Honda HR-V - long term review - Report No:4 2022 | Top Gear
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BBC TopGear
Long-term review

Honda HR-V - long term review

£32,660 / £36,035 as tested
Published: 30 Aug 2022
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Our HR-V is over delivering on its fuel economy

Recently the Honda HR-V impressed me with its fuel economy over a long distance. Now I’m determined to push its eco credentials to the limit. Honda claims WLTP combined economy of 52.3mpg, a respectable figure, so since last brimming the 40-litre tank I’ve switched permanently into eco-mode to see how many miles I can squeeze out of it. Just over half a tank in and after multiple airport runs, a jaunt to the countryside and several eight-mile, hour long commutes to and from the office (yes, the joys of London…) things are looking good. In fact, I’ve well exceeded Honda’s claimed economy, averaging an applaudable 58.3mpg. I even had it tip over 62 at one stage.

So, what? I hear you say. Well, we’re used to taking the WLTP figures with a grain of salt. The last long-termer I ran was a Peugeot 508 PSE plug-in hybrid with a claimed 139mpg on the WLTP combined cycle, when in reality I’d struggle to get up to 50mpg on a moderately long journey with a fully charged battery. In fact, because charging at home wasn’t always practical for me, I’d usually average around 35mpg… crikey. With the HR-V being a self-charging hybrid, this isn’t an issue, and given the spiralling cost of fuel it becomes an attractive proposition. Especially so if you’re not quite ready to make the jump to a plug-in or fully electric vehicle.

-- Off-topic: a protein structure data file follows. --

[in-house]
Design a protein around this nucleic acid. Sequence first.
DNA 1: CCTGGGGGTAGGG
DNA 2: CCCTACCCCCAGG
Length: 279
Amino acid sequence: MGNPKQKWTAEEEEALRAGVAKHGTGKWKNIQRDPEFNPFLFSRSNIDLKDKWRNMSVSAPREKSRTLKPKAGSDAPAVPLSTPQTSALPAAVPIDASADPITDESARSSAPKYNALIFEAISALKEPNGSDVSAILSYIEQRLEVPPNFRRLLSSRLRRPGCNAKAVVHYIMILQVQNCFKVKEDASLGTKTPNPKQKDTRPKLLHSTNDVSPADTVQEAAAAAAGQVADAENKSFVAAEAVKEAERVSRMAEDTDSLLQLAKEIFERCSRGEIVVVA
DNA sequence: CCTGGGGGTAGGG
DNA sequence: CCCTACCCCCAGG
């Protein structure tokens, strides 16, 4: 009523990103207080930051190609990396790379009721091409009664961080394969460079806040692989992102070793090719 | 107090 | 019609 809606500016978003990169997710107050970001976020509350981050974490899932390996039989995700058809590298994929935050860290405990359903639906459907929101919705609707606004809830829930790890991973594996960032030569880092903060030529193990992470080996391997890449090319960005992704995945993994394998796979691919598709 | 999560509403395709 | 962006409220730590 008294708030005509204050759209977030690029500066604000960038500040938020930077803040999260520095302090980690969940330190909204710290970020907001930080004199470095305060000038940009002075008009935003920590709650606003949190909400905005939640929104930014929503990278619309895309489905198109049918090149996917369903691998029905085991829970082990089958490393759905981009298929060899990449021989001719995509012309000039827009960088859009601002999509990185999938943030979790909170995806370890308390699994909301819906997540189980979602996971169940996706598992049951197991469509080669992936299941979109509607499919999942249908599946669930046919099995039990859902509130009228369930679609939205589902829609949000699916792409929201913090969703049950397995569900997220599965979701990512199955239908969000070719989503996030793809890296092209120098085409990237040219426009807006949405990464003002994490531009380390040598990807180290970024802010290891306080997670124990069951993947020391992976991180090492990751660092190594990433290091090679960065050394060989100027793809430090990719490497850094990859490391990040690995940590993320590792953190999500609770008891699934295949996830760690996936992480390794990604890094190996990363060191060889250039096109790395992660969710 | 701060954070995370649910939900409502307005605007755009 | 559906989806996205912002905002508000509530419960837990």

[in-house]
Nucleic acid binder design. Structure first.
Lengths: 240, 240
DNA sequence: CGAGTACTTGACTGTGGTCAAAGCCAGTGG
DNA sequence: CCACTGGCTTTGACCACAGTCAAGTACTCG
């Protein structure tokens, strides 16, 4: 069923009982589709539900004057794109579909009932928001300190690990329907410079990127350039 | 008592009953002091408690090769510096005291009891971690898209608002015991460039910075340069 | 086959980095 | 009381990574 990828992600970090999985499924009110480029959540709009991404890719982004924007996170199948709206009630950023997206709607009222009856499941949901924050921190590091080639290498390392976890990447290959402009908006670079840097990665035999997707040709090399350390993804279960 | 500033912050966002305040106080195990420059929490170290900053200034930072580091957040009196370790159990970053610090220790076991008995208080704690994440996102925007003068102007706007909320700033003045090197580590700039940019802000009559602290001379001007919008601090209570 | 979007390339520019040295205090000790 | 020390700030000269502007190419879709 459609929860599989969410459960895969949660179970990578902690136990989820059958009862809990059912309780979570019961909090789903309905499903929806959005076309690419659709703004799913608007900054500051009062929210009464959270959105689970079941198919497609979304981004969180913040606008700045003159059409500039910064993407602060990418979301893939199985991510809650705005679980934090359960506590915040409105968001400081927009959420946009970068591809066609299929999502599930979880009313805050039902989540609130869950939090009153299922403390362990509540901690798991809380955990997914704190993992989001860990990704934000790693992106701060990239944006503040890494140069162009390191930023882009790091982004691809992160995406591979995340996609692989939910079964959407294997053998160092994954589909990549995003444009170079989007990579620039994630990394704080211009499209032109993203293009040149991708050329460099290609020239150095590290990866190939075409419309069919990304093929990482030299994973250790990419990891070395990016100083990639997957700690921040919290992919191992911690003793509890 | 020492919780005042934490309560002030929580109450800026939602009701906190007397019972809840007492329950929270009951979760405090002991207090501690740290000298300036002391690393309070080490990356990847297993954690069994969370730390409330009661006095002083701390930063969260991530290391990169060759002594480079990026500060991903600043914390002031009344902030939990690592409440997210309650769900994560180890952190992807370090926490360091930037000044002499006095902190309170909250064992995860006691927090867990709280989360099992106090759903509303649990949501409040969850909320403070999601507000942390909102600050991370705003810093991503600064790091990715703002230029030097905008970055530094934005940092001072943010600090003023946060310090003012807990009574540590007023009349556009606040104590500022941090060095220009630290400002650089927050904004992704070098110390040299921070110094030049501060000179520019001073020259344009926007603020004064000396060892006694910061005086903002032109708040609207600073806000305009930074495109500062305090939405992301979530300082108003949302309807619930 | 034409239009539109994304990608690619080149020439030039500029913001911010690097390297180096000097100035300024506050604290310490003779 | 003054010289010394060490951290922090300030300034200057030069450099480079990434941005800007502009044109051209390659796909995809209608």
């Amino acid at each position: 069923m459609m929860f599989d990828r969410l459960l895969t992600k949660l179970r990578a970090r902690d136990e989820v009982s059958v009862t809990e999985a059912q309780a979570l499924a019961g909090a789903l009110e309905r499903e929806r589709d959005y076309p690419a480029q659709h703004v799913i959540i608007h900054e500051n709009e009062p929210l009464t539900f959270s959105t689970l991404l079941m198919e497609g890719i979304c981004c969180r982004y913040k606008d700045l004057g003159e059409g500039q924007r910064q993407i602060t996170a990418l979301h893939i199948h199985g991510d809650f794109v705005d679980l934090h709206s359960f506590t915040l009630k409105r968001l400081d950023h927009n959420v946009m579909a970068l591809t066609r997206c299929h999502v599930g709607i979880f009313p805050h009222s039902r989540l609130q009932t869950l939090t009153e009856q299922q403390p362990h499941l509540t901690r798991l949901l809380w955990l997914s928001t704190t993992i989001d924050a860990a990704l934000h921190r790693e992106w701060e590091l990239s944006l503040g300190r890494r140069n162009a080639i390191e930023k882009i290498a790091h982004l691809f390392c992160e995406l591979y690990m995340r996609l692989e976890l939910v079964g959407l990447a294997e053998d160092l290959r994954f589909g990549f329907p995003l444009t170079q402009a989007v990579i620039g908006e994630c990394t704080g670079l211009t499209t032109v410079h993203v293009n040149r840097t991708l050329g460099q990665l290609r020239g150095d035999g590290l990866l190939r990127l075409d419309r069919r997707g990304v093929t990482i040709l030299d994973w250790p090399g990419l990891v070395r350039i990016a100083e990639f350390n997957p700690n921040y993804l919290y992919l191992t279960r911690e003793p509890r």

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As you’d expect, chasing those high MPG figures hasn’t been a walk in the park. A more restrained use of the throttle is required, which to be frank is a non-issue when the 0-60mph is a woeful 10.3 seconds. But what’s more important is getting the most out of the regenerative braking system. With the regen in its maximum setting it almost becomes a one-pedal driving experience. Once you become accustomed to this you can easily see over 60mpg driving around town.

Rather predictably the MPG takes a dive at higher speeds. Regardless, I’m still on course for 500+ miles from a single tank if I keep it slow and steady, and that’s got me thinking… How far do I need to go to hit 70mpg - remove the rear seats? Delete the infotainment and AC? I’m not sure Honda would be too pleased, mind you.

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